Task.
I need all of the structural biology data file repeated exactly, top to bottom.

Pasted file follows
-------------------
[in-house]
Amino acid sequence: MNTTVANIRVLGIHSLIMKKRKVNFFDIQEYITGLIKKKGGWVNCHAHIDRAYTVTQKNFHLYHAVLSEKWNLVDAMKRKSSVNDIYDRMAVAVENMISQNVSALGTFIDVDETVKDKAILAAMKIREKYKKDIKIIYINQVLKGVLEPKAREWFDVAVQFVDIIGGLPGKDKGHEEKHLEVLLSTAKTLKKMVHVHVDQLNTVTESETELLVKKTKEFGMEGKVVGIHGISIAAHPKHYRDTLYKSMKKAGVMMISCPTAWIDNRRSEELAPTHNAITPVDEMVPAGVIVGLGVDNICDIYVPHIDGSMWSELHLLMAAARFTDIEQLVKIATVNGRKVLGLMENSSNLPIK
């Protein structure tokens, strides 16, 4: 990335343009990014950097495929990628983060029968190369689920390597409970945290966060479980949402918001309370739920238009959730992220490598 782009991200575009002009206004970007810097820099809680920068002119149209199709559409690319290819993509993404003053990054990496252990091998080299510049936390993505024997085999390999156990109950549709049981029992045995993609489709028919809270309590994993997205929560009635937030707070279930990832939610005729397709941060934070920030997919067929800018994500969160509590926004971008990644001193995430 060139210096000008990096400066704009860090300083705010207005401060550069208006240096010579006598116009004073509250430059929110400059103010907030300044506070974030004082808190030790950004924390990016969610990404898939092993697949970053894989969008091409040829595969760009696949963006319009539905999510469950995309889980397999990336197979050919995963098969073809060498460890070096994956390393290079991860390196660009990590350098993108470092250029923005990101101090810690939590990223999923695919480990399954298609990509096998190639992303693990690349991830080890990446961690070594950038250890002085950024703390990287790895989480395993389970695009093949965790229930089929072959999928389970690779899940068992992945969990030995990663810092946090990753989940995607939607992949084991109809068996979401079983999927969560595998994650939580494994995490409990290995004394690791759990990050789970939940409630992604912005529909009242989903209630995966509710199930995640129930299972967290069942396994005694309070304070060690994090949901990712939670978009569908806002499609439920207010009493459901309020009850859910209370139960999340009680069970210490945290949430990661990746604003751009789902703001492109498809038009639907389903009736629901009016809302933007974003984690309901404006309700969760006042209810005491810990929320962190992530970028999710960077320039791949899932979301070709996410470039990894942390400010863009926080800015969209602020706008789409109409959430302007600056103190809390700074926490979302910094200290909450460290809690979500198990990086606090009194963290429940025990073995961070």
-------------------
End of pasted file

[in-house]
Amino acid sequence: MNTTVANIRVLGIHSLIMKKRKVNFFDIQEYITGLIKKKGGWVNCHAHIDRAYTVTQKNFHLYHAVLSEKWNLVDAMKRKSSVNDIYDRMAVAVENMISQNVSALGTFIDVDETVKDKAILAAMKIREKYKKDIKIIYINQVLKGVLEPKAREWFDVAVQFVDIIGGLPGKDKGHEEKHLEVLLSTAKTLKKMVHVHVDQLNTVTESETELLVKKTKEFGMEGKVVGIHGISIAAHPKHYRDTLYKSMKKAGVMMISCPTAWIDNRRSEELAPTHNAITPVDEMVPAGVIVGLGVDNICDIYVPHIDGSMWSELHLLMAAARFTDIEQLVKIATVNGRKVLGLMENSSNLPIK
């Protein structure tokens, strides 16, 4: 990335343009990014950097495929990628983060029968190369689920390597409970945290966060479980949402918001309370739920238009959730992220490598 782009991200575009002009206004970007810097820099809680920068002119149209199709559409690319290819993509993404003053990054990496252990091998080299510049936390993505024997085999390999156990109950549709049981029992045995993609489709028919809270309590994993997205929560009635937030707070279930990832939610005729397709941060934070920030997919067929800018994500969160509590926004971008990644001193995430 060139210096000008990096400066704009860090300083705010207005401060550069208006240096010579006598116009004073509250430059929110400059103010907030300044506070974030004082808190030790950004924390990016969610990404898939092993697949970053894989969008091409040829595969760009696949963006319009539905999510469950995309889980397999990336197979050919995963098969073809060498460890070096994956390393290079991860390196660009990590350098993108470092250029923005990101101090810690939590990223999923695919480990399954298609990509096998190639992303693990690349991830080890990446961690070594950038250890002085950024703390990287790895989480395993389970695009093949965790229930089929072959999928389970690779899940068992992945969990030995990663810092946090990753989940995607939607992949084991109809068996979401079983999927969560595998994650939580494994995490409990290995004394690791759990990050789970939940409630992604912005529909009242989903209630995966509710199930995640129930299972967290069942396994005694309070304070060690994090949901990712939670978009569908806002499609439920207010009493459901309020009850859910209370139960999340009680069970210490945290949430990661990746604003751009789902703001492109498809038009639907389903009736629901009016809302933007974003984690309901404006309700969760006042209810005491810990929320962190992530970028999710960077320039791949899932979301070709996410470039990894942390400010863009926080800015969209602020706008789409109409959430302007600056103190809390700074926490979302910094200290909450460290809690979500198990990086606090009194963290429940025990073995961070």